I should warn you, I'm very cranky today.
This is the first payday since my company announced pay cuts last month. And all I can say is ouch. Although I'm grateful to still have a job, even at a reduced rate, because the alternative is no fun at all.
Of course, they tell us they did this to keep the company afloat and save our jobs until the economy turns around. Since I work for a small, privately held business I choose to believe them, since there aren't shareholders to keep happy. I'm also trying to believe they really will resort our salaries once things do turn around. (Have you ever noticed how pay cuts happen in one big blow, but the money is restored in little increments?)
Here's hoping the economy really does turn around before they have to cut us again.
But none of that matters, because I see in the paper that the rat bastards at Goldman Sachs have turned a profit and are preparing to pay bonuses—any one of which will probably be more than I can hope to earn in a lifetime.
This being the same company that was on its deathbed a few short months ago.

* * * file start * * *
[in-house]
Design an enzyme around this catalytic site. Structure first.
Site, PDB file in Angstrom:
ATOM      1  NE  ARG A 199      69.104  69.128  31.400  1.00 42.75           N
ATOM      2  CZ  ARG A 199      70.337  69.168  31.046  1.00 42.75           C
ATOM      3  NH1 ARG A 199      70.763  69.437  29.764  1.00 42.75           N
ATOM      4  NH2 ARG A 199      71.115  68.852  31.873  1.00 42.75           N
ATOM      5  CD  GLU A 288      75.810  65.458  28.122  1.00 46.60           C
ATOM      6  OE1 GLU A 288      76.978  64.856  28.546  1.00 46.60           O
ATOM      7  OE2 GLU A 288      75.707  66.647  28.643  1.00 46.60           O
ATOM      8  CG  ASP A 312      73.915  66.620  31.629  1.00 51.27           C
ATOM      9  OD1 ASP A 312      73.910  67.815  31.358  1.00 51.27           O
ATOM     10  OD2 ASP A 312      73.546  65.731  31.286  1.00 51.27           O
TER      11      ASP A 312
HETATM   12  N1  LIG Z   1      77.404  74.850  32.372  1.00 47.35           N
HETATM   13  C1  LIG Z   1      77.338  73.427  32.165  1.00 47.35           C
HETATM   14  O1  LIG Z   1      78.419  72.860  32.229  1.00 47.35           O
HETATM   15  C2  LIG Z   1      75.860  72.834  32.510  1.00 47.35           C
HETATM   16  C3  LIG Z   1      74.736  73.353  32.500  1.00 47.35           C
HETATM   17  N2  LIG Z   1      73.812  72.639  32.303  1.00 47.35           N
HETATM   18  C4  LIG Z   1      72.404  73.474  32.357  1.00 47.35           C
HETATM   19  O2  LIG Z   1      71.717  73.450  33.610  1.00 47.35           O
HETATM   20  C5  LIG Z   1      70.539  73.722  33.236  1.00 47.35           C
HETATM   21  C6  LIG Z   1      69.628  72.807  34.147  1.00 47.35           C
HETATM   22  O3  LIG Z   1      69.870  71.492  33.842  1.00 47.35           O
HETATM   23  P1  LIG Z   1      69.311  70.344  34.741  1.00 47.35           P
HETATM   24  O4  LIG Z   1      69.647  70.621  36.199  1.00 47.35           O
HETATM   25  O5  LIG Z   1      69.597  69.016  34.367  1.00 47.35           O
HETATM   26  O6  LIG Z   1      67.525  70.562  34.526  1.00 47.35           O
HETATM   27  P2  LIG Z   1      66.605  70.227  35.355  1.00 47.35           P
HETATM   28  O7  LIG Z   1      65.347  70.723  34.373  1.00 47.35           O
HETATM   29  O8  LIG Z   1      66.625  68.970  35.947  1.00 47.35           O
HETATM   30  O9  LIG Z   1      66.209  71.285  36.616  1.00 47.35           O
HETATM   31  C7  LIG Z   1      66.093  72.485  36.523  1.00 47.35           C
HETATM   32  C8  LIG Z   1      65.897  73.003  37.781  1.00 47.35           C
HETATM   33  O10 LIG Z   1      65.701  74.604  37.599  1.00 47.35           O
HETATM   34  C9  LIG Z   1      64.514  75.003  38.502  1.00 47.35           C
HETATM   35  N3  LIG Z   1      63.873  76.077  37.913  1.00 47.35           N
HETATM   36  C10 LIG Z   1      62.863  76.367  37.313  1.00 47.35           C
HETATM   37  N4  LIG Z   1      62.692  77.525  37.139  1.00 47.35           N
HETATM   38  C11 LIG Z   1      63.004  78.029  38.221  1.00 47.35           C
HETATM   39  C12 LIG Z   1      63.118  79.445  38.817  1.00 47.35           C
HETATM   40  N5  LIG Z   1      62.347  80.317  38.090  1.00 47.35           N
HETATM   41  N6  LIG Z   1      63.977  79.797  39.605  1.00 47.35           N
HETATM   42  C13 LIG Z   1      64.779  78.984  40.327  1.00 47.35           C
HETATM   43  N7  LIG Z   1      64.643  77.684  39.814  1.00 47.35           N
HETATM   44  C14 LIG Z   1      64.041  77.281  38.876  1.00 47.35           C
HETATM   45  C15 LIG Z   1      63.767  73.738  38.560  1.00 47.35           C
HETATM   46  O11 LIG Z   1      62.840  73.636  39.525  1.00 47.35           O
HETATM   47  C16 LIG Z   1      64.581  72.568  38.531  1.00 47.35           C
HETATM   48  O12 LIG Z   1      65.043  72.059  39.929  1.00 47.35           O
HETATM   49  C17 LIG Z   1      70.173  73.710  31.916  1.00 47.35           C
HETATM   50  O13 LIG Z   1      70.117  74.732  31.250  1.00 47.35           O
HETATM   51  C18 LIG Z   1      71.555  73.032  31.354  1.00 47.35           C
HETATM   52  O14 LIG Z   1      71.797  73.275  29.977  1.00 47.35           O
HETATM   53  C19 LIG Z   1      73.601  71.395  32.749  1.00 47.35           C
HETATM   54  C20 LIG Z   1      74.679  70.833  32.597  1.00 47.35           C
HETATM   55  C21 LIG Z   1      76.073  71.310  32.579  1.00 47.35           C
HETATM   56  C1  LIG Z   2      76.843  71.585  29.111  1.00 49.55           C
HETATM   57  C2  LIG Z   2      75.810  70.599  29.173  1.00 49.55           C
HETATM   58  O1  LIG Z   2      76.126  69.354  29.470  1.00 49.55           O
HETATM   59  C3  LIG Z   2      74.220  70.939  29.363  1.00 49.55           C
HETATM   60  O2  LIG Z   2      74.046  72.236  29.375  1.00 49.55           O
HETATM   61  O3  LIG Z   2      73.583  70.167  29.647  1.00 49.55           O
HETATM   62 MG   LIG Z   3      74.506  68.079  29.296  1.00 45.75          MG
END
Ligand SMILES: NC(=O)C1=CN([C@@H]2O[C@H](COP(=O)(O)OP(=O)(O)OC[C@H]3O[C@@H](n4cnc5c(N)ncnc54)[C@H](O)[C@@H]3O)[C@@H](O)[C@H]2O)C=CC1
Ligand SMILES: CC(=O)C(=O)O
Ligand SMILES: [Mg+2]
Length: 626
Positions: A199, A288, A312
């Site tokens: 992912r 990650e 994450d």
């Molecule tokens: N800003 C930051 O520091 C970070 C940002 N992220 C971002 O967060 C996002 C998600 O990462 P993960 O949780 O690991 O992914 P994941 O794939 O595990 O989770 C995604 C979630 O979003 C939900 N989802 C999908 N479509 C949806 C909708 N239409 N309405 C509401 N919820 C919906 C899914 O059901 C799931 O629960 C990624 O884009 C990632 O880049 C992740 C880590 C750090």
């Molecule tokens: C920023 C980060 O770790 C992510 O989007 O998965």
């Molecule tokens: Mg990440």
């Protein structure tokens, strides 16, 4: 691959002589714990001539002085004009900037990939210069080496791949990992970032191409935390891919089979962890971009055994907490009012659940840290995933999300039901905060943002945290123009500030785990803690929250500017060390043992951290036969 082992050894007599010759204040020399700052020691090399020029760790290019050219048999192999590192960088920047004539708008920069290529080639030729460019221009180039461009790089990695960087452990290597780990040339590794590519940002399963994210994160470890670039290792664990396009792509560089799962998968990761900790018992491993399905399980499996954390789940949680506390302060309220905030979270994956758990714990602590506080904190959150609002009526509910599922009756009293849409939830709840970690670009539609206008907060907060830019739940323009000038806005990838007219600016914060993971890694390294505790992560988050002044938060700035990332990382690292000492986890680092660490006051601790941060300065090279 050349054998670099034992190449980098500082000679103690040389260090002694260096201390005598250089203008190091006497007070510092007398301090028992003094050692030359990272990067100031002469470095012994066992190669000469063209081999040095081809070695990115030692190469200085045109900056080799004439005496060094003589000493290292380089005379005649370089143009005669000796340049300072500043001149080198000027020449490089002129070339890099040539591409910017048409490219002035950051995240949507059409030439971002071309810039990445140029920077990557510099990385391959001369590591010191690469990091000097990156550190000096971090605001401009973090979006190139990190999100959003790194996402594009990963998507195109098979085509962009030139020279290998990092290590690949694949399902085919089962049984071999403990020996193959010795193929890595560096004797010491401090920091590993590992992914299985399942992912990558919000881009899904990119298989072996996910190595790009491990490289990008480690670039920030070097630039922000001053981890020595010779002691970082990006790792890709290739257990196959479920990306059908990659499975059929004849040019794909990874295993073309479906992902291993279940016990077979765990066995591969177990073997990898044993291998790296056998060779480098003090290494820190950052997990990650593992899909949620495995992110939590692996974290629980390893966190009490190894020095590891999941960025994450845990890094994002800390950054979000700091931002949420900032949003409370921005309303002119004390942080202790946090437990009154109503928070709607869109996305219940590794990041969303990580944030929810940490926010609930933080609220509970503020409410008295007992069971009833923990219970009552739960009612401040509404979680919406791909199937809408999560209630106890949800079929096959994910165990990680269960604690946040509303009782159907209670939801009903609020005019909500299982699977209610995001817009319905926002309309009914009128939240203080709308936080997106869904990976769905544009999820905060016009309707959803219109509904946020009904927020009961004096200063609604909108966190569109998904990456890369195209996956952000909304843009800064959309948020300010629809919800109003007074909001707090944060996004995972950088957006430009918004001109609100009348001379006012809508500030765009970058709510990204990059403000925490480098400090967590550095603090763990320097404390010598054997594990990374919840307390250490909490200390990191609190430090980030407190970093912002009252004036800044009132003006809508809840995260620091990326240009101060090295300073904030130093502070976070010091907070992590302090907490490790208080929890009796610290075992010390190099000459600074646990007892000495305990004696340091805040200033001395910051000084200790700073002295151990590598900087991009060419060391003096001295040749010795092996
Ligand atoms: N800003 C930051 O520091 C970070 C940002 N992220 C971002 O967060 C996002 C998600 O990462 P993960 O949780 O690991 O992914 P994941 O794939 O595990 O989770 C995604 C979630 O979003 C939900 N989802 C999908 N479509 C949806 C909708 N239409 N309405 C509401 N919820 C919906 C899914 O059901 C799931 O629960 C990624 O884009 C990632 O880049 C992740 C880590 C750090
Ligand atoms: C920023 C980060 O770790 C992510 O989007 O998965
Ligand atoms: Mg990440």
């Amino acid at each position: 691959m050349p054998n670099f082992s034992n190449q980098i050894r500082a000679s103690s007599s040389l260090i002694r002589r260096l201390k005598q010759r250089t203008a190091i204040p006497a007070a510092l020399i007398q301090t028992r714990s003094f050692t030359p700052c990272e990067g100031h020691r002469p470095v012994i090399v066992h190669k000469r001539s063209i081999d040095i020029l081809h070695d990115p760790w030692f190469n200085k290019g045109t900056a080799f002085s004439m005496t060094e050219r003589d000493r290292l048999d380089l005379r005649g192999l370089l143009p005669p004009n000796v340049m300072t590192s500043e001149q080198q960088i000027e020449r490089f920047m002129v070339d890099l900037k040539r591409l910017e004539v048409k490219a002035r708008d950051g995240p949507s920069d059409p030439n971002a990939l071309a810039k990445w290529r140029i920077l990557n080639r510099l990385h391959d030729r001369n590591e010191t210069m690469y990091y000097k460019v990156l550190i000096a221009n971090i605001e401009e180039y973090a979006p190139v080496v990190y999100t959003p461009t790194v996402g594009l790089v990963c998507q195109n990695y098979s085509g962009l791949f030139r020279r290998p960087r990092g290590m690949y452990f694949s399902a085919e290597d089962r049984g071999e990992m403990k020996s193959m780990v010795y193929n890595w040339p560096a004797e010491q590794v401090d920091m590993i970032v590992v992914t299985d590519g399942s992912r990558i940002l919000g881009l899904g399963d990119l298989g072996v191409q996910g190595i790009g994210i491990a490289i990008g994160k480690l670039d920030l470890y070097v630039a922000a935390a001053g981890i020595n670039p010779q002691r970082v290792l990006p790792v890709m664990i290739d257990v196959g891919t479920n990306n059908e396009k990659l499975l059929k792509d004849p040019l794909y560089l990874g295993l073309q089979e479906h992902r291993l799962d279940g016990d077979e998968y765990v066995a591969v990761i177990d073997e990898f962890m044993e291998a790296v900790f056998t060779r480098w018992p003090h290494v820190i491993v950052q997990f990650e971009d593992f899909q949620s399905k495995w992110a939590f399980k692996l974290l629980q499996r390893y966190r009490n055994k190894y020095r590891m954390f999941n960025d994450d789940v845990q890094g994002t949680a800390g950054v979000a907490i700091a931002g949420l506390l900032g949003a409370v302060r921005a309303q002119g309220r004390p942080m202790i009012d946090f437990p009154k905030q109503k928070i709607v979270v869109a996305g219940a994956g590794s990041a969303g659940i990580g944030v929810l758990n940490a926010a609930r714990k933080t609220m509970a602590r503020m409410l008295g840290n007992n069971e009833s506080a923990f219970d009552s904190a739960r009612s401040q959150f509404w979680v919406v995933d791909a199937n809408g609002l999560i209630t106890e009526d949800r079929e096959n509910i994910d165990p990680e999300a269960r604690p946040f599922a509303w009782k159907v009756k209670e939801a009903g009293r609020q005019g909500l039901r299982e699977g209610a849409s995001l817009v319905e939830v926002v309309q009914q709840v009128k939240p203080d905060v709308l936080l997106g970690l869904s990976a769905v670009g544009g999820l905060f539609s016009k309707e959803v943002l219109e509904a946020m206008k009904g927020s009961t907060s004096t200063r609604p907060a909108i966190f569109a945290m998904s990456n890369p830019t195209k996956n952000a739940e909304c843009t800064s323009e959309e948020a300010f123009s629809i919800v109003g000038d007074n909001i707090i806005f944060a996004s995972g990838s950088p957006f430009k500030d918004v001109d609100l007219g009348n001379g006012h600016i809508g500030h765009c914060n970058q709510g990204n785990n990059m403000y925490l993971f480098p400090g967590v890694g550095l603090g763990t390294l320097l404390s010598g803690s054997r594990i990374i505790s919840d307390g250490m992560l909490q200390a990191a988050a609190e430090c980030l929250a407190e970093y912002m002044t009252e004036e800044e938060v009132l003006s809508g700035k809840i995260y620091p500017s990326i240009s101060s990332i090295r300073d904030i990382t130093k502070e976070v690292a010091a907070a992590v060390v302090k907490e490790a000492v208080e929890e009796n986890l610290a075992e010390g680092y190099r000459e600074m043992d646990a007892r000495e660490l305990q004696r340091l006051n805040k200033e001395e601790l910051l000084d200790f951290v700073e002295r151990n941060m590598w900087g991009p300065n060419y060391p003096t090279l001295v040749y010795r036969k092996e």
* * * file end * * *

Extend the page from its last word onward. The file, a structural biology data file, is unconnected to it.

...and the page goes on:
And they've made this stunning turn around despite the fact that they don't seem to produce anything of tangible value to society.
Think about it.
They aren't curing cancer, educating children, or producing food products or yarn.
Yes, I'm serious. Yarn is important to society because it keeps the knitters and crocheters calm. If you don't think that is vital to the smooth functioning of civilization, then you obviously still don't realize how many of us there are.
You wanna see a revolution of the people? Then make yarn illegal. Chaos will ensue. It would be worse than prohibition.
But I digress.
So, I figure I must have my priorities messed up, because I apparently don't value the proper things. I mean, really, Goldman Sachs and their ilk must be doing something powerful important for the continuing survival of the species that they make so much money doing it.
They must be fending off alien invaders, or accepting misery in the place of others, or sacrificing themselves for a good harvest—and it's just so mind-blowingly incomprehensible that they can't tell us what is really happening because we wouldn't understand. So they talk all this mumbo-jumbo about trading stocks.
Either that or I'm in the wrong damn business.
Anyway, the point is, don't expect to see any new yarn purchases around here any time soon. All we can do is sit tight, hug the puppies, and hope gas prices go down and not up.
Of course, my bad mood might also be because Samson woke me up at 2 am so I didn't get a good night's sleep.